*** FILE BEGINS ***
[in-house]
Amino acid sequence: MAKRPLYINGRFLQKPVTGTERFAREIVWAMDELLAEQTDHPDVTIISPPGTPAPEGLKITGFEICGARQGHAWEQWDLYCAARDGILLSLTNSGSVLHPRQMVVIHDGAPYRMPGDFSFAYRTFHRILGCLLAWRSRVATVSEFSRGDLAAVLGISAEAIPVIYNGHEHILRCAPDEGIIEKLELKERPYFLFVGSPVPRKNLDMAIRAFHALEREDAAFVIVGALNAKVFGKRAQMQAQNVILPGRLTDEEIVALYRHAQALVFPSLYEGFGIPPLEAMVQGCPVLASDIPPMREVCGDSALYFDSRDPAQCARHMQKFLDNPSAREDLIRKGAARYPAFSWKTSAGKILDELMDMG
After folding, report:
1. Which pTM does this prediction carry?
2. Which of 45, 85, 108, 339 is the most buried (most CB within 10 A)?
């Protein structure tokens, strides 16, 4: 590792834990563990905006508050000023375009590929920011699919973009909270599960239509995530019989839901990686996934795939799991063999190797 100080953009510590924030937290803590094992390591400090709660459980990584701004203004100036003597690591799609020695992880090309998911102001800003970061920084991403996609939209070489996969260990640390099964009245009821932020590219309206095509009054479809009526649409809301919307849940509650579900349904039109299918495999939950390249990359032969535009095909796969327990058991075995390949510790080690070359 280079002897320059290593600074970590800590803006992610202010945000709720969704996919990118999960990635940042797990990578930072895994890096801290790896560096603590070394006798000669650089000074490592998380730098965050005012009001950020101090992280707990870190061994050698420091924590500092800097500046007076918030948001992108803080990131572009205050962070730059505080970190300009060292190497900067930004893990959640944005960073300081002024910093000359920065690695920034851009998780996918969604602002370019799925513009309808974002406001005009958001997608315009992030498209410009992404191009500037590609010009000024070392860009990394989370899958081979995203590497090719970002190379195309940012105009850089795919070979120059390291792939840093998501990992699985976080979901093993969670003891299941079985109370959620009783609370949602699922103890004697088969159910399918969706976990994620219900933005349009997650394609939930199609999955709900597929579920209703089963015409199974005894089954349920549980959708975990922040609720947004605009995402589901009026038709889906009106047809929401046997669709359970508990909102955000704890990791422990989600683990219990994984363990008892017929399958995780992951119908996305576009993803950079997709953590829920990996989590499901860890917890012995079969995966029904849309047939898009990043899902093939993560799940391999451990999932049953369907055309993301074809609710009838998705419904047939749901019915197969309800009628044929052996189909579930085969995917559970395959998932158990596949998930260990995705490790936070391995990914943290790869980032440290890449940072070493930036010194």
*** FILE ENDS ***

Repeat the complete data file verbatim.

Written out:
[in-house]
Amino acid sequence: MAKRPLYINGRFLQKPVTGTERFAREIVWAMDELLAEQTDHPDVTIISPPGTPAPEGLKITGFEICGARQGHAWEQWDLYCAARDGILLSLTNSGSVLHPRQMVVIHDGAPYRMPGDFSFAYRTFHRILGCLLAWRSRVATVSEFSRGDLAAVLGISAEAIPVIYNGHEHILRCAPDEGIIEKLELKERPYFLFVGSPVPRKNLDMAIRAFHALEREDAAFVIVGALNAKVFGKRAQMQAQNVILPGRLTDEEIVALYRHAQALVFPSLYEGFGIPPLEAMVQGCPVLASDIPPMREVCGDSALYFDSRDPAQCARHMQKFLDNPSAREDLIRKGAARYPAFSWKTSAGKILDELMDMG
After folding, report:
1. Which pTM does this prediction carry?
2. Which of 45, 85, 108, 339 is the most buried (most CB within 10 A)?
């Protein structure tokens, strides 16, 4: 590792834990563990905006508050000023375009590929920011699919973009909270599960239509995530019989839901990686996934795939799991063999190797 100080953009510590924030937290803590094992390591400090709660459980990584701004203004100036003597690591799609020695992880090309998911102001800003970061920084991403996609939209070489996969260990640390099964009245009821932020590219309206095509009054479809009526649409809301919307849940509650579900349904039109299918495999939950390249990359032969535009095909796969327990058991075995390949510790080690070359 280079002897320059290593600074970590800590803006992610202010945000709720969704996919990118999960990635940042797990990578930072895994890096801290790896560096603590070394006798000669650089000074490592998380730098965050005012009001950020101090992280707990870190061994050698420091924590500092800097500046007076918030948001992108803080990131572009205050962070730059505080970190300009060292190497900067930004893990959640944005960073300081002024910093000359920065690695920034851009998780996918969604602002370019799925513009309808974002406001005009958001997608315009992030498209410009992404191009500037590609010009000024070392860009990394989370899958081979995203590497090719970002190379195309940012105009850089795919070979120059390291792939840093998501990992699985976080979901093993969670003891299941079985109370959620009783609370949602699922103890004697088969159910399918969706976990994620219900933005349009997650394609939930199609999955709900597929579920209703089963015409199974005894089954349920549980959708975990922040609720947004605009995402589901009026038709889906009106047809929401046997669709359970508990909102955000704890990791422990989600683990219990994984363990008892017929399958995780992951119908996305576009993803950079997709953590829920990996989590499901860890917890012995079969995966029904849309047939898009990043899902093939993560799940391999451990999932049953369907055309993301074809609710009838998705419904047939749901019915197969309800009628044929052996189909579930085969995917559970395959998932158990596949998930260990995705490790936070391995990914943290790869980032440290890449940072070493930036010194």